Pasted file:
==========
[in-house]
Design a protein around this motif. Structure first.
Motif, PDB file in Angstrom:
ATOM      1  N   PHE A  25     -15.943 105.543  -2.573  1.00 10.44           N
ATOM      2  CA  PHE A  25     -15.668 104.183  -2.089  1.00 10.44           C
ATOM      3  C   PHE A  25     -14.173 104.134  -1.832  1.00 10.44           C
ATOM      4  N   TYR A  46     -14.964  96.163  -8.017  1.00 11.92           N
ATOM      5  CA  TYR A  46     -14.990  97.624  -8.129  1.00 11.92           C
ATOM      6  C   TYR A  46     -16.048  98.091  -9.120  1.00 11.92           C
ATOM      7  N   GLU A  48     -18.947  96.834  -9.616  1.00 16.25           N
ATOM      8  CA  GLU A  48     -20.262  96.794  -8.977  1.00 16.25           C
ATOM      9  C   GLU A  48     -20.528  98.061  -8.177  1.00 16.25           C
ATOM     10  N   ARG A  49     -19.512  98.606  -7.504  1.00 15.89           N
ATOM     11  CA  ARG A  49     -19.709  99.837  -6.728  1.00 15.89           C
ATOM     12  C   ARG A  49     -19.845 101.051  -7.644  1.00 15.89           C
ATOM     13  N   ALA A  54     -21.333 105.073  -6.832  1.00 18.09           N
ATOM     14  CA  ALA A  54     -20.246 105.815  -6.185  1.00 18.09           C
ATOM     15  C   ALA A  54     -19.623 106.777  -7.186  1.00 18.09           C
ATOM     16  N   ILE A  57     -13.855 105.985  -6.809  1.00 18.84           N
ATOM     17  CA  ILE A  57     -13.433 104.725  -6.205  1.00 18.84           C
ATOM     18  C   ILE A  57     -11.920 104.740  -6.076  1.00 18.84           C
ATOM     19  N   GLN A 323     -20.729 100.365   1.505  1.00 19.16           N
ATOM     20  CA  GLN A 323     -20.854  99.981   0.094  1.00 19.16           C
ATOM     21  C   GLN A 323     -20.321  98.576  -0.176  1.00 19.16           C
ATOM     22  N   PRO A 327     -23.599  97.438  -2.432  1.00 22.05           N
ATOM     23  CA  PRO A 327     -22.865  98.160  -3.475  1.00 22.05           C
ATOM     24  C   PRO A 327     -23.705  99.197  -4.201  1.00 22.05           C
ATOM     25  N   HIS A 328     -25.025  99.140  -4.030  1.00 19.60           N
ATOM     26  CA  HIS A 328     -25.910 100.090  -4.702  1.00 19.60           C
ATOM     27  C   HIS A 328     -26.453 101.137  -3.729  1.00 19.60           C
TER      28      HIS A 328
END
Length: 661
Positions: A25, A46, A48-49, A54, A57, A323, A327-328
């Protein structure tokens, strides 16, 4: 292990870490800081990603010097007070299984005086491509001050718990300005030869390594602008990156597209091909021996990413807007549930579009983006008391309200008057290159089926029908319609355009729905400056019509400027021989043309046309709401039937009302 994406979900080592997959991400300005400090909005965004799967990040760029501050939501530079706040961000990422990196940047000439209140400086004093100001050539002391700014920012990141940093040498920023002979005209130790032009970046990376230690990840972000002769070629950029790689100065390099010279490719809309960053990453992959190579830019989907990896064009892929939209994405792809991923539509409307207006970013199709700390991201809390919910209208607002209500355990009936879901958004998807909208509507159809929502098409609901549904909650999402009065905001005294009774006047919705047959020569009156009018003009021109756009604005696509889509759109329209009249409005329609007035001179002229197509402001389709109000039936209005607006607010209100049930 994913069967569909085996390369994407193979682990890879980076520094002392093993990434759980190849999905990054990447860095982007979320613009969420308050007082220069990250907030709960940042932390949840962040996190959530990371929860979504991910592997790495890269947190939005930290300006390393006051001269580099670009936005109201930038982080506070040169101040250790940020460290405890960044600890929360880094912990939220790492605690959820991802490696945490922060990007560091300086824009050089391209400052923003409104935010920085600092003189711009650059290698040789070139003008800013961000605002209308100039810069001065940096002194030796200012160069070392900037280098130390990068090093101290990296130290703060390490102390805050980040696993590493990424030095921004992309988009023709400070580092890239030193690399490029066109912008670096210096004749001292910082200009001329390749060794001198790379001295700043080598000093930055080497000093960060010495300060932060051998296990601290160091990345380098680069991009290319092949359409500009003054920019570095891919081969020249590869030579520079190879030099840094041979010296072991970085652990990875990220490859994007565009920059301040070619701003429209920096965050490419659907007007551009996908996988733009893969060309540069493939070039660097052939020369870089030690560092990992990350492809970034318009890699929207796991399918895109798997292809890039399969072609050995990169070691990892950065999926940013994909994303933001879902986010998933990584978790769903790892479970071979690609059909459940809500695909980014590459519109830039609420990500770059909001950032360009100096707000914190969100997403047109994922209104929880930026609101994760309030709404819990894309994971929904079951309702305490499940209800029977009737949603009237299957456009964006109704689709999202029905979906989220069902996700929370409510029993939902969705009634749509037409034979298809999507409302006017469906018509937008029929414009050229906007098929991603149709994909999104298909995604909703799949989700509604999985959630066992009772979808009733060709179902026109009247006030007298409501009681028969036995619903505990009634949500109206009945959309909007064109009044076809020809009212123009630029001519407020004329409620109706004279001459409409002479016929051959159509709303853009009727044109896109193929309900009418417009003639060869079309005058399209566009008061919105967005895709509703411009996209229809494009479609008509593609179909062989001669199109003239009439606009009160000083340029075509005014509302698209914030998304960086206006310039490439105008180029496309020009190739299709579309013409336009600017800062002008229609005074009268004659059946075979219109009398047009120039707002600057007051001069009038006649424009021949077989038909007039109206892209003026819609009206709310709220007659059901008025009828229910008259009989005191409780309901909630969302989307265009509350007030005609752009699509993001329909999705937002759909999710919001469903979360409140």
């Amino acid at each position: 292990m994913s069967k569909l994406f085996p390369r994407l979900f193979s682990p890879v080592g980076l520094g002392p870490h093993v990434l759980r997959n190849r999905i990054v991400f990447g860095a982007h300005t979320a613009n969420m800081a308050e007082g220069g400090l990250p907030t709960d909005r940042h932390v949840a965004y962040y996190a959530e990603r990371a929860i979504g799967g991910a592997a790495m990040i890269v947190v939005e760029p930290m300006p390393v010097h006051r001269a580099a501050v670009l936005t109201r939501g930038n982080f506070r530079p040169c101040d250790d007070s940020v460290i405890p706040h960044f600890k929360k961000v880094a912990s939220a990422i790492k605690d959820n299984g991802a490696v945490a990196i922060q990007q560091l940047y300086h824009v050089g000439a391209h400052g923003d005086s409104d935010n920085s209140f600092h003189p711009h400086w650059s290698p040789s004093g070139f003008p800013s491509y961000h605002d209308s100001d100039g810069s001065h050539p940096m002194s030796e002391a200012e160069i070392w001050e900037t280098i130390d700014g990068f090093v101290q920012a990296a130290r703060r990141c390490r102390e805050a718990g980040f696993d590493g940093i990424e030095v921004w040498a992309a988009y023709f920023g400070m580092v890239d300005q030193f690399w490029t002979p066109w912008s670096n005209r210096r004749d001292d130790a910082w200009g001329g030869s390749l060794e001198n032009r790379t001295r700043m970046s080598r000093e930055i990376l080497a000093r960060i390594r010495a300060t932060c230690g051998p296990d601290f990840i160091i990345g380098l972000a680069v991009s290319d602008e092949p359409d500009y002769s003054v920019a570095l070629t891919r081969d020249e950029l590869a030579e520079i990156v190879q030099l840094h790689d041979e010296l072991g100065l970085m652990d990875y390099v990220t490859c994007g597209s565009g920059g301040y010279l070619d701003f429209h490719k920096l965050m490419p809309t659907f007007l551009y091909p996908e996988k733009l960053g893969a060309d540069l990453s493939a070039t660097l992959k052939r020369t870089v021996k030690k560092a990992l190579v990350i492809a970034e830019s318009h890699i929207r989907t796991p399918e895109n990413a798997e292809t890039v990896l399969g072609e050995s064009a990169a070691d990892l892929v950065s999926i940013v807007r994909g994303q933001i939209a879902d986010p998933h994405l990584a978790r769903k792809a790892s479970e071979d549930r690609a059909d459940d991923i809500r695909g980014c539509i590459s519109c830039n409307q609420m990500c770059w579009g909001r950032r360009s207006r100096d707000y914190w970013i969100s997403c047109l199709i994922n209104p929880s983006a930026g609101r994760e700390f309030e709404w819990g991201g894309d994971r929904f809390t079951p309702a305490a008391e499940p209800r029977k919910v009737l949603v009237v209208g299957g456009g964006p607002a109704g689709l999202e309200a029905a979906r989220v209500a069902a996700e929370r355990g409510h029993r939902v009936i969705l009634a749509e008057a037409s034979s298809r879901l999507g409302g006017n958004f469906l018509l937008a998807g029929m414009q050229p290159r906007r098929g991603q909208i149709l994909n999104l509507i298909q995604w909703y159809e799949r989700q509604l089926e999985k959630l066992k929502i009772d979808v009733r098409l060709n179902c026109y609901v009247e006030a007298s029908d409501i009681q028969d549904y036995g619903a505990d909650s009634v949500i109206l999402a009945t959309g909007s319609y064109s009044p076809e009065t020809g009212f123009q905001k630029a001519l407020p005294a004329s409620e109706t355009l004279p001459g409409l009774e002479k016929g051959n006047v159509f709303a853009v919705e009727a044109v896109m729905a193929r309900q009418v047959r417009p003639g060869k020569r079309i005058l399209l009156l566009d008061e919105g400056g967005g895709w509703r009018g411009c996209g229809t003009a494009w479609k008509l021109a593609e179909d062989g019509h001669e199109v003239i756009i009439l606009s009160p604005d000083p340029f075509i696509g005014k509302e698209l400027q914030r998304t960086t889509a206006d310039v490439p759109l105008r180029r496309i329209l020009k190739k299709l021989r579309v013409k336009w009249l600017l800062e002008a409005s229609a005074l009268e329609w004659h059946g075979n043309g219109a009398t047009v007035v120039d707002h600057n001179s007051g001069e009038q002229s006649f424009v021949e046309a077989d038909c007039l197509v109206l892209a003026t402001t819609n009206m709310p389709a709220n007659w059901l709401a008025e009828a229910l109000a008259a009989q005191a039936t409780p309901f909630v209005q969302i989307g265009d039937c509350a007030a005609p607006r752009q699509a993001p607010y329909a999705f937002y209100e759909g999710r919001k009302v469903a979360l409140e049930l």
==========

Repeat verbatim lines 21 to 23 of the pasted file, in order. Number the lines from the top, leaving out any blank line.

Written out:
ATOM     18  C   ILE A  57     -11.920 104.740  -6.076  1.00 18.84           C
ATOM     19  N   GLN A 323     -20.729 100.365   1.505  1.00 19.16           N
ATOM     20  CA  GLN A 323     -20.854  99.981   0.094  1.00 19.16           C